I/O Avoidance: Old-School Turbo Charger
Actual I/O to disk or tape is expensive: it slows everything down, and ups your CPU usage. Techniques to avoid I/O have been around for decades: turbo-charging applications accessing datasets.
In this edition, we're going to take a fresh look at I/O avoidance for non-VSAM datasets, and show how old-school techniques can still speed things up.
In our first technical article, we review blocksize: is it still a thing after all this time?
In our second technical article we list five I/O avoidance techniques that are easy to implement, but still missed by many sites.
Finally, in our opinion article David Stephens argues that "Do Something" is always better than "Do Nothing" when managing z/OS.
We hope you enjoy this issue.
technical: Five I/O Avoidance Features That Every Site Should Use
I/O avoidance has been a thing for decades: minimising physical I/Os to improve performance. z/OS and related subsystems have offered many I/O avoidance features for a long time. Many of these are 'free': no cost in CPU, easy to implement, no risk. I love free.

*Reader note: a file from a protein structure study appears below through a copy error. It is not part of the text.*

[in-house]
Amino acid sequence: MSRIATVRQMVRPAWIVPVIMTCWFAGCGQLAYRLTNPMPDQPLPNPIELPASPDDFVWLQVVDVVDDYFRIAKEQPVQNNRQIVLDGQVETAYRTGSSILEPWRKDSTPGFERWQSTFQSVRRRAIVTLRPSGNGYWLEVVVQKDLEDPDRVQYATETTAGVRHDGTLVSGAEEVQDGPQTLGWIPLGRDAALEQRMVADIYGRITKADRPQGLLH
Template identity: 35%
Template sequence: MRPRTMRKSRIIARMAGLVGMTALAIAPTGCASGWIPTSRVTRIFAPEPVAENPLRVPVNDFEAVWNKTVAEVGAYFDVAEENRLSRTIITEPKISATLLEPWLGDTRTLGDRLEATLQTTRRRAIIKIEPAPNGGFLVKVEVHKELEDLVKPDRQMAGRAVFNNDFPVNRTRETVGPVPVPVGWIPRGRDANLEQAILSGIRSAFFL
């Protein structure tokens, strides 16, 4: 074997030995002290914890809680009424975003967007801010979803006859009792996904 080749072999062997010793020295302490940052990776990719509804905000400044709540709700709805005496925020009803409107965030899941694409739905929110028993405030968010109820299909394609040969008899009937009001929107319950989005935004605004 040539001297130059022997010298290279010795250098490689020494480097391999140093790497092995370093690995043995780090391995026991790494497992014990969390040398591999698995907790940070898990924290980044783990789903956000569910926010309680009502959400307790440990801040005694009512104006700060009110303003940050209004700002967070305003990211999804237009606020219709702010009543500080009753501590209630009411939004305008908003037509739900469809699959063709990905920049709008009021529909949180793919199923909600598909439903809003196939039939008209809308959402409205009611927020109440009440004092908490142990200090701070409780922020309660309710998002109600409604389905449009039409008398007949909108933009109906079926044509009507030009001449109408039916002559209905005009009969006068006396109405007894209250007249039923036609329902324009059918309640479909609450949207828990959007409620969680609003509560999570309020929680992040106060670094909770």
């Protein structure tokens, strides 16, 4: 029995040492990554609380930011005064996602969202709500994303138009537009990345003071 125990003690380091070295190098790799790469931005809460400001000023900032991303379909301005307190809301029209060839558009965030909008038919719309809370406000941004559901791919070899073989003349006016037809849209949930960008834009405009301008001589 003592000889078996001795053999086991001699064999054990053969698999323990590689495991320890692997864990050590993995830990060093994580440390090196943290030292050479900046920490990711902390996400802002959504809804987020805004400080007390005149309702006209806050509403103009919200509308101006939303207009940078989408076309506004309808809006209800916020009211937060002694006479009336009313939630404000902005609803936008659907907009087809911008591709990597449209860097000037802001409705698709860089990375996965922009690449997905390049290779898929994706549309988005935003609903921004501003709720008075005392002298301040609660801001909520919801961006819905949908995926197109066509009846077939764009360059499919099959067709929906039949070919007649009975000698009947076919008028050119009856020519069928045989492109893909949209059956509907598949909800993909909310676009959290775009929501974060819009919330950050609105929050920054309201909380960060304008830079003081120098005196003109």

However, many of my customers still aren't using some of these features. So, in this article, I'm listing five of them that should absolutely be used, and sometimes aren't.
technical: Is Blocksize Still a Thing for Sequential Datasets?
For decades, anyone working with z/OS has been interested in I/O avoidance: reducing I/Os to improve performance. In particular, blocksize has been the favourite tool for I/O avoidance. But the z/OS of today is very different to the MVS/XA I started with in the 1980s. And disks hardware is a lot better too. So, is blocksize still a thing?
Well, it is. Mostly.
opinion: Two Opposing Strategies for Systems Administration: Do Nothing or Do Something
Is it really better to minimise change, and do nothing?